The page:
Silvia R. Gonzalez

Silvia Gonzalez (Jimenez) is a doctoral student in Urban Planning and the Assistant Director at the Center for Neighborhood Knowledge at UCLA’s Luskin School of Public Affairs. Her research interests focus on the implications of place and the urban spatial structure on socioeconomic inequality. Previously, Silvia worked with the Center for the Study of Inequality at UCLA. She has worked extensively, as a researcher and consultant with nonprofit, community based, and government organizations. She holds a BA in Geography/Environmental Studies from UCLA and a Master’s in Urban and Regional Planning with a focus on Economic Development also from UCLA.

Selected Publications:

Loukaitou-Sideris, A., Gonzalez, S., & Ong, P. (2017). Triangulating Neighborhood Knowledge to Understand Neighborhood Change: Methods to Study Gentrification. Journal of Planning Education and Research, 0739456X17730890.

Pierce, G., & Gonzalez, S. R. (2017). Public Drinking Water System Coverage and Its Discontents: The Prevalence and Severity of Water Access Problems in California’s Mobile Home Parks. Environmental Justice.

Pierce, Gregory, and Silvia Gonzalez. “Mistrust at the tap? Factors contributing to public drinking water (mis) perception across US households.” Water Policy 19, no. 1 (2017): 1-12.

Pierce, Gregory, and Silvia Jimenez. “Unreliable water access in US mobile homes: evidence from the American Housing Survey.” Housing Policy Debate 25.4 (2015): 739-753.

Jimenez, Silvia, and Gregory Pierce. “Inequality at the Tap: Explaining Shortcomings in Safe Water Access in Los Angeles’ Mobile Home Communities.” UCLA Luskin School of Public Affairs, Social Justice Fellowship Publication. (2013). Online at: http://luskin.ucla.edu/sites/default/files/Jimenez_Pierce.pdf

Kenya L. Covington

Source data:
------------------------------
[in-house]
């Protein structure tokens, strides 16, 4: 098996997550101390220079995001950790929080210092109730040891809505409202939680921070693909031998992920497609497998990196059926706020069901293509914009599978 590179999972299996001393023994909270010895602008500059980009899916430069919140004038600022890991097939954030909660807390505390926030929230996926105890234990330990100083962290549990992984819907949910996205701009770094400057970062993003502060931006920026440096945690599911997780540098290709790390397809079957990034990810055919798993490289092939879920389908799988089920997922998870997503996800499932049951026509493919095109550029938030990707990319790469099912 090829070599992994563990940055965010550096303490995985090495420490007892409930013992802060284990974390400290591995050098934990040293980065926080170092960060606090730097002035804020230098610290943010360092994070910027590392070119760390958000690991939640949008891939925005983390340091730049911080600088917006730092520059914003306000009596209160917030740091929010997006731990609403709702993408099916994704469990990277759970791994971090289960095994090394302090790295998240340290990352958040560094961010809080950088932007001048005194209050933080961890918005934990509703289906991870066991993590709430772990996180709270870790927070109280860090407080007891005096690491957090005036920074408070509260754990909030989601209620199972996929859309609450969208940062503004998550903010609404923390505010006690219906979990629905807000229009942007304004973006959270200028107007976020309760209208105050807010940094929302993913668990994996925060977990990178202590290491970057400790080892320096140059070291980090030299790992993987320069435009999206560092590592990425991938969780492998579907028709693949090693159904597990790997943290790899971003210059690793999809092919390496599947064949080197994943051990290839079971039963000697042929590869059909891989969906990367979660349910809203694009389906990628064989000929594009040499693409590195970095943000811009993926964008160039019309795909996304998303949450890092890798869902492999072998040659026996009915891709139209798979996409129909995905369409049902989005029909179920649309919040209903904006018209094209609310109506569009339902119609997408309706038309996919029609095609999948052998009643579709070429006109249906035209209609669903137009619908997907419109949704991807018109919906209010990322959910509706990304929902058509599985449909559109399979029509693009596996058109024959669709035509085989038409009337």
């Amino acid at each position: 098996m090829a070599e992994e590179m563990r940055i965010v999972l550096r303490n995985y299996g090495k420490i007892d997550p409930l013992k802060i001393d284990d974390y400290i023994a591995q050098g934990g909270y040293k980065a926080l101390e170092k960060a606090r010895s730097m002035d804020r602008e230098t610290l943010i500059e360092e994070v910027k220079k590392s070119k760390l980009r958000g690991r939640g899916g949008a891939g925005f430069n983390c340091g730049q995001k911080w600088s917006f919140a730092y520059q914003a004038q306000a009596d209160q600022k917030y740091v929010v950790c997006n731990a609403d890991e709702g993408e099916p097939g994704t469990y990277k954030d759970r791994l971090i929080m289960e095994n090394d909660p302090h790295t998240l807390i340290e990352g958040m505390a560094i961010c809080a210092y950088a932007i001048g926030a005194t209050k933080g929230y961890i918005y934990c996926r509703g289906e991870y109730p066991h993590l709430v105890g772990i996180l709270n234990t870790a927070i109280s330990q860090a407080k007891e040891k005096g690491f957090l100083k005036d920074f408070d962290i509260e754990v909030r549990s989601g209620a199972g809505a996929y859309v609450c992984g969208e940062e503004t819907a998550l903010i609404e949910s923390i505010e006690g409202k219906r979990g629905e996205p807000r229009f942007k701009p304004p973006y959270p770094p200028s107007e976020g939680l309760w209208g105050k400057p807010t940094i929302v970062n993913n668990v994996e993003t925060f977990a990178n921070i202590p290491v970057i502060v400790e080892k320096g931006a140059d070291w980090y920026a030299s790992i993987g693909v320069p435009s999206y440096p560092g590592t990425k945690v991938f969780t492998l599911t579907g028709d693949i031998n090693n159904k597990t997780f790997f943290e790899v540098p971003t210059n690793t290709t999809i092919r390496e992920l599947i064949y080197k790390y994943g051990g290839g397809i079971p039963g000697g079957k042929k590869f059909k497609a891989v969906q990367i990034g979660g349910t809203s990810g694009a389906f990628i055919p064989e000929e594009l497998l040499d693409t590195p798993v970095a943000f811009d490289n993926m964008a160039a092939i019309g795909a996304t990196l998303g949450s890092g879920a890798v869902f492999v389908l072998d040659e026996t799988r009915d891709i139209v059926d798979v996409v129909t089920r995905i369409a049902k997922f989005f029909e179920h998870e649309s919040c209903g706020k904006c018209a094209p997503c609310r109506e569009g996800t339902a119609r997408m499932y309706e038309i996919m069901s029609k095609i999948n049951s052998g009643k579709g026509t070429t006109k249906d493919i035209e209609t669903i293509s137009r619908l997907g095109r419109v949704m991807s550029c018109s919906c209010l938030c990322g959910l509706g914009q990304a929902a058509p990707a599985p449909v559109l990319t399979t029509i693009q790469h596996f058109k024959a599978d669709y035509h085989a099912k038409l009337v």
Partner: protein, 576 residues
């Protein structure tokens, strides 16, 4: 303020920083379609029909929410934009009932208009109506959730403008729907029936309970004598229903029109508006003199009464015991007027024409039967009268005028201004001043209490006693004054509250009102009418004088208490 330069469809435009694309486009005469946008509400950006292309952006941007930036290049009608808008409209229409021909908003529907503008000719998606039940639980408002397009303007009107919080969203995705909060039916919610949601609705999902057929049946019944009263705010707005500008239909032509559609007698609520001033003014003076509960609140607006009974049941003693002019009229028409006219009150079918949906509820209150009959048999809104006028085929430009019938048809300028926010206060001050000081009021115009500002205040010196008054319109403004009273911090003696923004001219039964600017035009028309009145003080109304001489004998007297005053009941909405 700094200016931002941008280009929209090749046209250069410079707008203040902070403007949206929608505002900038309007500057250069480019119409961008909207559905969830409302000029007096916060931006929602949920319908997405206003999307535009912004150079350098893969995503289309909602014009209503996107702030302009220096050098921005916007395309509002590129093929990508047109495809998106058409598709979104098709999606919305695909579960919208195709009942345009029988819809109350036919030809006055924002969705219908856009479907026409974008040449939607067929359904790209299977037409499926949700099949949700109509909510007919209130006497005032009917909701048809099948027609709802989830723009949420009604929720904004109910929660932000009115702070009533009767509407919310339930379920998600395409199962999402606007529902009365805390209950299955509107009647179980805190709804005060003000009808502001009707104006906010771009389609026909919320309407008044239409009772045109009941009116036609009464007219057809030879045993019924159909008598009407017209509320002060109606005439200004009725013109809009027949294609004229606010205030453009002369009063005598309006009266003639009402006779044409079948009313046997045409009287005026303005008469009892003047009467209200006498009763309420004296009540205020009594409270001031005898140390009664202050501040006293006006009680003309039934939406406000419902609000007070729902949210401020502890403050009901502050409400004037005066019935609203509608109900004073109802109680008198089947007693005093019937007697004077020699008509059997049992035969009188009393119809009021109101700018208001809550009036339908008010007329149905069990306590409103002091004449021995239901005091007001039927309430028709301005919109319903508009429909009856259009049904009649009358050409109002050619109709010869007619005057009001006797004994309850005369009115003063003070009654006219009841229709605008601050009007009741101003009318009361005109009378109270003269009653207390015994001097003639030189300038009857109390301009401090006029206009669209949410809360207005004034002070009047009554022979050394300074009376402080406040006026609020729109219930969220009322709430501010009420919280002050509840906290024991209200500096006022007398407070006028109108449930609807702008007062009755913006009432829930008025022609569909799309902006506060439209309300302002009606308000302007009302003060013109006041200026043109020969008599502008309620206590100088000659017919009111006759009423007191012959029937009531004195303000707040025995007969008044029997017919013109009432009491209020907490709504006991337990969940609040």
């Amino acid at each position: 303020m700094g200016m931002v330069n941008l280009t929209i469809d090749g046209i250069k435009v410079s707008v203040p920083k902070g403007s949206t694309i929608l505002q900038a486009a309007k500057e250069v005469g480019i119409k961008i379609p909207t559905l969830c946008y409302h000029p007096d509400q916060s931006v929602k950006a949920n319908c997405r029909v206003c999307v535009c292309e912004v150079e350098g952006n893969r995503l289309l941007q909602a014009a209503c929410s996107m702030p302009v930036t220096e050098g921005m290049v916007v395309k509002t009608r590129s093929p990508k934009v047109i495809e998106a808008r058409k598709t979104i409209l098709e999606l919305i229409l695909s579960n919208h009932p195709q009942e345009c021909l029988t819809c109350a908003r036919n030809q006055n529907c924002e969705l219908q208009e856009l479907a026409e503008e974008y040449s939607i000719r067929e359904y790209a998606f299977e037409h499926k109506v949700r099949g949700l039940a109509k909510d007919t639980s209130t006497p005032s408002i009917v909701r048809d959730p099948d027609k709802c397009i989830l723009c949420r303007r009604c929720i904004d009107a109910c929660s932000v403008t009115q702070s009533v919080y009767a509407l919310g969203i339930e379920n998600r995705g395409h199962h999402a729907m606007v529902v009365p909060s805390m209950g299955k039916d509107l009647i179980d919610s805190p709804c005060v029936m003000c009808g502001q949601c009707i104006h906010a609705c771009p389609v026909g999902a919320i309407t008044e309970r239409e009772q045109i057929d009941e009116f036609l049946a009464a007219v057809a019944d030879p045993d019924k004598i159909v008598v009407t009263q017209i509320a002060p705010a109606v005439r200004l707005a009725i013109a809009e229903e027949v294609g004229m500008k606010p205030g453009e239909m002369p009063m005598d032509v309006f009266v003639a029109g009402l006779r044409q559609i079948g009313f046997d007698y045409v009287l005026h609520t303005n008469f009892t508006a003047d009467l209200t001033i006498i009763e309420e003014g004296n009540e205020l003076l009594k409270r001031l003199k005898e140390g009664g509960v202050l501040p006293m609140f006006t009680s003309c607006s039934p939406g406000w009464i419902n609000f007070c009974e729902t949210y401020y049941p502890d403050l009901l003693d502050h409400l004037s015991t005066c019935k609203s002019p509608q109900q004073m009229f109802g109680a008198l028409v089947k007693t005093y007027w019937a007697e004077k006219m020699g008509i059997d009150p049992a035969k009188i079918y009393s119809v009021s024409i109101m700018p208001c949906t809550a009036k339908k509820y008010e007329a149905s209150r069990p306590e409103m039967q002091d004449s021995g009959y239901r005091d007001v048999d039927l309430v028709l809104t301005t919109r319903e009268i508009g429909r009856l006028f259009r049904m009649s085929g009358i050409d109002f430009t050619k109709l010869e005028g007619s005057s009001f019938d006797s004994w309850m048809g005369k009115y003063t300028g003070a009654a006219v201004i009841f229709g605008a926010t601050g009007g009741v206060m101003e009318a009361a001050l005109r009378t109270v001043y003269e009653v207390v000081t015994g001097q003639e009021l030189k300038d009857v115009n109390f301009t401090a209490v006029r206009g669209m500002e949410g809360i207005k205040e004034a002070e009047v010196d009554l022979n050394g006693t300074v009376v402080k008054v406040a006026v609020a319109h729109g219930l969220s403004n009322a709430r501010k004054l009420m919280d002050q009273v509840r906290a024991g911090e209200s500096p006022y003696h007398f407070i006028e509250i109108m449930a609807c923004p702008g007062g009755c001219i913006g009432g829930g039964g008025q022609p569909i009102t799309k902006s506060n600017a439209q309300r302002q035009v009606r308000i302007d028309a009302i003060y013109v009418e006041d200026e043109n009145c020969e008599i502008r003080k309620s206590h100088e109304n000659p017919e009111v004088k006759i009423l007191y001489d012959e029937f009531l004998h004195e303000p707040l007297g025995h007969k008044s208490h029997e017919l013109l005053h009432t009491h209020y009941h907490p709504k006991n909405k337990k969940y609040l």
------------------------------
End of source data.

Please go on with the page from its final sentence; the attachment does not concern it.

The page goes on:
Kenya L. Covington conducts empirical research that examines social and economic inequality associated with the structural makeup of metropolitan areas. Her work suggests ways to better utilize social and urban policies that likely mitigate disparities in economic opportunity and well-being overall.

For over a decade she was professor of urban studies and planning at California State University Northridge and concluded her tenure as full professor. In 2015 she was named Distinguished Teacher of the Year.

Professor Covington teaches courses on Housing Policy, Introduction to Public Policy, Research Methods, Forces of Urbanization, Social Inequality and Urban Poverty. She joined the Public Policy faculty at the UCLA Luskin School of Public Affairs in 2017. 

Dr. Covington actively participates in APPAM, Urban Affairs, ACSP and the Population Association of America. Over her career, Dr. Covington’s articles have appeared in the Journal of Urban Studies, Brookings Institution Policy Briefs, Journal of Urban Affairs, the International Journal on Economic Development, the Harvard Journal on Legislation, the National Urban League’s 2003 and 2004 publication titled The State of Black America, and The Review of Black Political Economy, among other publications.